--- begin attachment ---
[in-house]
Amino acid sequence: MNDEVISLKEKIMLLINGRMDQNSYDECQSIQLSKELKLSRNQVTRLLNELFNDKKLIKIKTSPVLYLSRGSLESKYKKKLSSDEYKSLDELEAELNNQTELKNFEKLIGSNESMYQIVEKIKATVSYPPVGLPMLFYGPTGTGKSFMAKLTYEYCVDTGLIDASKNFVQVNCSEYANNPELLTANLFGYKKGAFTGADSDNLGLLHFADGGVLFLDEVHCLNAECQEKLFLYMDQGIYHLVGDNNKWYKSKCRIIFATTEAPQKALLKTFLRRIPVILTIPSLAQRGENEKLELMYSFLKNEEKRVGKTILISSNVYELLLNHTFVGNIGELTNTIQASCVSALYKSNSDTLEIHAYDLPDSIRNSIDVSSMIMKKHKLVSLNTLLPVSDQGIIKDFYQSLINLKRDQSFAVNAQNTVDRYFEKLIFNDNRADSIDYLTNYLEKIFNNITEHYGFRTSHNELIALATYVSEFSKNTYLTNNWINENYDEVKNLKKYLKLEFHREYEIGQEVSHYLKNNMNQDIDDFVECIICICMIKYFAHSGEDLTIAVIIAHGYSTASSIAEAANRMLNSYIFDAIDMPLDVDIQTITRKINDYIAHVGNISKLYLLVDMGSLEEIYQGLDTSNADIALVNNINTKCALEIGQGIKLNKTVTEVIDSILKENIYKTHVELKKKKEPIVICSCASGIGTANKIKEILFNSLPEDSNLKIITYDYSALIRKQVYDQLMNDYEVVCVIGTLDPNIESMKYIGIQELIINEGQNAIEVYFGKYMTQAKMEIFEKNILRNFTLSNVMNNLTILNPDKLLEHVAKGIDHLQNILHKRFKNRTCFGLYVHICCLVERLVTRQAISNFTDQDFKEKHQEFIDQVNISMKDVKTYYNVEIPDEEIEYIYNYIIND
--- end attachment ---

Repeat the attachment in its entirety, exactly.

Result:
[in-house]
Amino acid sequence: MNDEVISLKEKIMLLINGRMDQNSYDECQSIQLSKELKLSRNQVTRLLNELFNDKKLIKIKTSPVLYLSRGSLESKYKKKLSSDEYKSLDELEAELNNQTELKNFEKLIGSNESMYQIVEKIKATVSYPPVGLPMLFYGPTGTGKSFMAKLTYEYCVDTGLIDASKNFVQVNCSEYANNPELLTANLFGYKKGAFTGADSDNLGLLHFADGGVLFLDEVHCLNAECQEKLFLYMDQGIYHLVGDNNKWYKSKCRIIFATTEAPQKALLKTFLRRIPVILTIPSLAQRGENEKLELMYSFLKNEEKRVGKTILISSNVYELLLNHTFVGNIGELTNTIQASCVSALYKSNSDTLEIHAYDLPDSIRNSIDVSSMIMKKHKLVSLNTLLPVSDQGIIKDFYQSLINLKRDQSFAVNAQNTVDRYFEKLIFNDNRADSIDYLTNYLEKIFNNITEHYGFRTSHNELIALATYVSEFSKNTYLTNNWINENYDEVKNLKKYLKLEFHREYEIGQEVSHYLKNNMNQDIDDFVECIICICMIKYFAHSGEDLTIAVIIAHGYSTASSIAEAANRMLNSYIFDAIDMPLDVDIQTITRKINDYIAHVGNISKLYLLVDMGSLEEIYQGLDTSNADIALVNNINTKCALEIGQGIKLNKTVTEVIDSILKENIYKTHVELKKKKEPIVICSCASGIGTANKIKEILFNSLPEDSNLKIITYDYSALIRKQVYDQLMNDYEVVCVIGTLDPNIESMKYIGIQELIINEGQNAIEVYFGKYMTQAKMEIFEKNILRNFTLSNVMNNLTILNPDKLLEHVAKGIDHLQNILHKRFKNRTCFGLYVHICCLVERLVTRQAISNFTDQDFKEKHQEFIDQVNISMKDVKTYYNVEIPDEEIEYIYNYIIND